Union to appeal judgment that struck attempt to halt reopening of schools off the roll

Strict hygiene protocols have been implemented at schools to ensure they minimise the risk of contracting the coronavirus.
Strict hygiene protocols have been implemented at schools to ensure they minimise the risk of contracting the coronavirus.
Lee Warren, Gallo Images
  • A teachers' union has filed papers to appeal a judgment in its bid to halt the reopening of schools.
  • The High Court previously struck the case off the roll due to a lack of urgency.
  • The union wants schools to reopen in September when winter has ended.

The Educators' Union of South Africa has filed papers in the North Gauteng High Court in Pretoria to apply for leave to appeal a judgment that struck its bid to interdict the Department of Basic Education from reopening schools off the roll.

It was struck off due a lack of urgency on 10 June.

The union wanted the reopening of schools to be delayed amid the Covid-19 pandemic.

It seeks to appeal the ruling that its application lacked urgency, as well as a costs order.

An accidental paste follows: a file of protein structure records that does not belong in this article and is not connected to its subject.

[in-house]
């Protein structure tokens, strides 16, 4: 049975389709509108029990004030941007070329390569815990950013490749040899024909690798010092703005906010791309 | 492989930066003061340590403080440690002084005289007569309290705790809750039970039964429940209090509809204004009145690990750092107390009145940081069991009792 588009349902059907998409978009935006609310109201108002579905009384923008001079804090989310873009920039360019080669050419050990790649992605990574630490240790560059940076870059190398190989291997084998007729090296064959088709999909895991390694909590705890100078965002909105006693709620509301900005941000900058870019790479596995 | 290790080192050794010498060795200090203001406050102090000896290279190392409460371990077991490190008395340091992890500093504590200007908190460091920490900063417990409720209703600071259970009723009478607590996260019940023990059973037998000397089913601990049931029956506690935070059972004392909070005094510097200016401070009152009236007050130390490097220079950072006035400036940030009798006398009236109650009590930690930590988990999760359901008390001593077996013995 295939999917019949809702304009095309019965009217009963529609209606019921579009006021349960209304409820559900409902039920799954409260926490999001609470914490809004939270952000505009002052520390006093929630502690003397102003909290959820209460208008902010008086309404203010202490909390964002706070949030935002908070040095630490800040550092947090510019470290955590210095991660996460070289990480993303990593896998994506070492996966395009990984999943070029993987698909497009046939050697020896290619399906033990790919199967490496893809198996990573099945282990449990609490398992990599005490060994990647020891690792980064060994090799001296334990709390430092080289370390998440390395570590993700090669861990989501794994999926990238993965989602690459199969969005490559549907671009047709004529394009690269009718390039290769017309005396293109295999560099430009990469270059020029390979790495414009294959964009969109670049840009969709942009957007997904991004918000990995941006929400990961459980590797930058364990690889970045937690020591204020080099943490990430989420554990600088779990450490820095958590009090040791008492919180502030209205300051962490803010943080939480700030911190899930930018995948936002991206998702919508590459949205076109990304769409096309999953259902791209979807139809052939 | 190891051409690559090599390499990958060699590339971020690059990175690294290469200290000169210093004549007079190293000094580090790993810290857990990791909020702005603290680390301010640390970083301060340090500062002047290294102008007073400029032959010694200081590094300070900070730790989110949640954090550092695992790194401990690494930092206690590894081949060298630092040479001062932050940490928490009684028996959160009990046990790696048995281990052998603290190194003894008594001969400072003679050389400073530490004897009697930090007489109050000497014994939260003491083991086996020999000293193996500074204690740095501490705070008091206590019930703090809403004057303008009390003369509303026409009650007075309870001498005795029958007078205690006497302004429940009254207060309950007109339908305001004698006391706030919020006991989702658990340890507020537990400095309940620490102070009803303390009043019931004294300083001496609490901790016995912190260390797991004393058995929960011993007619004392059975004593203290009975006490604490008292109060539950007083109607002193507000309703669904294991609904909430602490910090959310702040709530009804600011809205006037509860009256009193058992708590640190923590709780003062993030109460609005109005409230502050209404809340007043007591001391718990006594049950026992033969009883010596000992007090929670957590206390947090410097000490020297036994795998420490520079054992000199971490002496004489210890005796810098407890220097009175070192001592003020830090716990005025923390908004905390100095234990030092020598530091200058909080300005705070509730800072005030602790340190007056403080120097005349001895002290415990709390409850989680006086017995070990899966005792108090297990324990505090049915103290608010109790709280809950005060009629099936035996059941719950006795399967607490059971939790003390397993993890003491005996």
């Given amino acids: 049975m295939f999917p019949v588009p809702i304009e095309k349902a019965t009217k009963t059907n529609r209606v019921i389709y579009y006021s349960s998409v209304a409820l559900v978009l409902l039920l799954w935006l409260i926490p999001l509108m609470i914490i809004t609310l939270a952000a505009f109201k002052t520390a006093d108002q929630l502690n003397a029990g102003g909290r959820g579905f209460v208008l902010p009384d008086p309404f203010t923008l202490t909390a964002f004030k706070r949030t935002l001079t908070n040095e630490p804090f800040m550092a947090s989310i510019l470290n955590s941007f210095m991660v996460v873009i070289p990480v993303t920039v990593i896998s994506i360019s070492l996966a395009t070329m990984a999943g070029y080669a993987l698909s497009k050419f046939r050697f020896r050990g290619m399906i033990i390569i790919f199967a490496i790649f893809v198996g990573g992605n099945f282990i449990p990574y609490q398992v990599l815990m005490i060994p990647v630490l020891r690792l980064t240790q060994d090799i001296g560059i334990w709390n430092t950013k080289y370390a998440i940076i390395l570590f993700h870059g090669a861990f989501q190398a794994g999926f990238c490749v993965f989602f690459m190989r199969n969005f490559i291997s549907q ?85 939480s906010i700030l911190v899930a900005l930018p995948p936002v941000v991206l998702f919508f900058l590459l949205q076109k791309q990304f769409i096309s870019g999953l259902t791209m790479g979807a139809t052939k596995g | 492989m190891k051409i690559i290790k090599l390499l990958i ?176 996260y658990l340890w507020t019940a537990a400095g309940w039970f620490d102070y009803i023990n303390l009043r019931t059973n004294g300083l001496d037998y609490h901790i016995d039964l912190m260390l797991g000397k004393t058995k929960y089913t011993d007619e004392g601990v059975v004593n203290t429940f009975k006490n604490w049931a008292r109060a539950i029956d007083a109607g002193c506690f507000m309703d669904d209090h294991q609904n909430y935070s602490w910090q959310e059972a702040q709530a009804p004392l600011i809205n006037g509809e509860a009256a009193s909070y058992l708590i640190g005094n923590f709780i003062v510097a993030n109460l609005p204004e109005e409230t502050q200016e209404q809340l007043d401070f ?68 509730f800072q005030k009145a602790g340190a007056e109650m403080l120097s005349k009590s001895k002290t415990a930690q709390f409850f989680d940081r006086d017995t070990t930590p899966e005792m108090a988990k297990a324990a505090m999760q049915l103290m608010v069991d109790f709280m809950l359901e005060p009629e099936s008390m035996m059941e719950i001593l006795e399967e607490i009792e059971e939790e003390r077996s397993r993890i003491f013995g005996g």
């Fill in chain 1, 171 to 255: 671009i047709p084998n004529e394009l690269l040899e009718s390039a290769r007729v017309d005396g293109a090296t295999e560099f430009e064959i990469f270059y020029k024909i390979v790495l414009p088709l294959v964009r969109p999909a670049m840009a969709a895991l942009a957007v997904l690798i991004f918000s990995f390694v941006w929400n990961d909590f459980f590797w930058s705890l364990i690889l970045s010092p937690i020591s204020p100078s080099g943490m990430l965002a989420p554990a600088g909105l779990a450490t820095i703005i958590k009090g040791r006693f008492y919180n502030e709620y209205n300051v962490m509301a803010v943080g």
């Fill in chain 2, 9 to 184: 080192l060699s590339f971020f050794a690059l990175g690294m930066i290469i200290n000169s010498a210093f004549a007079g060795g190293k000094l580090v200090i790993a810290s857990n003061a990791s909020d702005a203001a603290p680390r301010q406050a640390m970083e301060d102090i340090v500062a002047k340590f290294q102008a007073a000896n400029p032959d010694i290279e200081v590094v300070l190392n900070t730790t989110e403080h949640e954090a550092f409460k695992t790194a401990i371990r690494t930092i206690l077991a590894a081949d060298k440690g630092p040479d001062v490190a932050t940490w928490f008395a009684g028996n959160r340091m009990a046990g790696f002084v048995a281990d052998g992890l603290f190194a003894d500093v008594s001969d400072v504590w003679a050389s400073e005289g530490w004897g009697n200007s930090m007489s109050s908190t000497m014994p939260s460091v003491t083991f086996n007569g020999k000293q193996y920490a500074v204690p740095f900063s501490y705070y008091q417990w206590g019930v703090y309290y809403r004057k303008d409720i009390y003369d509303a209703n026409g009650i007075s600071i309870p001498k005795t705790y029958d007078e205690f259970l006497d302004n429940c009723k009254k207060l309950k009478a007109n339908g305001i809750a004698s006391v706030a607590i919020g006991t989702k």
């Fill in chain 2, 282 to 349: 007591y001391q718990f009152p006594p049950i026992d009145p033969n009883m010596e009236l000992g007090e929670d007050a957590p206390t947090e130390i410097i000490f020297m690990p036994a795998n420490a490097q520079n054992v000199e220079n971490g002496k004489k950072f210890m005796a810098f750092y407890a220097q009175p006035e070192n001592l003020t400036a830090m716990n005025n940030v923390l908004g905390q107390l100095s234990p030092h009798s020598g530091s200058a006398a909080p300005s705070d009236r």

In court papers, the union argued, among others, should leave to appeal be granted, an appeal would have reasonable prospects of success.

"This will be a full Bench this time that will be hearing the matter and we are confident that we will succeed. We are hoping that the schools can reopen in September as that is when the winter season will come to an end," the union's Siphiwe Mpungose told News24 on Thursday evening.

READ: Schools reopening: High court strikes EUSA bid to have decision overturned off the roll

This after it had argued before Judge Tintswalo Makhubele the decision to reopen schools amid the Covid-19 pandemic posed a risk to pupils and teachers.


Solidarity, joining the case as a friend of the court, argued the relief sought by the union was disruptive, would impact on the academic year and have drastic effects on the schooling programme.

It would also violate the constitutional rights of pupils and teachers, its deputy chief executive, Werner Human, previously told News24.

"We argued in favour of ultimately schools deciding when they should open in compliance with the standards that have been set with the regulations. The regulations that have been published provide a sufficient framework wherein schools can make themselves ready," he said at the time.

Schools officially reopened for Grade 7 and 12 pupils in June under Level 3 of the lockdown. Some schools reopened on 1 June, while the rest did so on 8 June.

Department spokesperson Elijah Mhlanga previously told News24 the decision to reopen was not just made by the education department alone. "... it was advised by experts who are in the medical field. We have done all they said we needed to do in order to protect pupils and we are going to continue doing all we can to protect learners and teachers."

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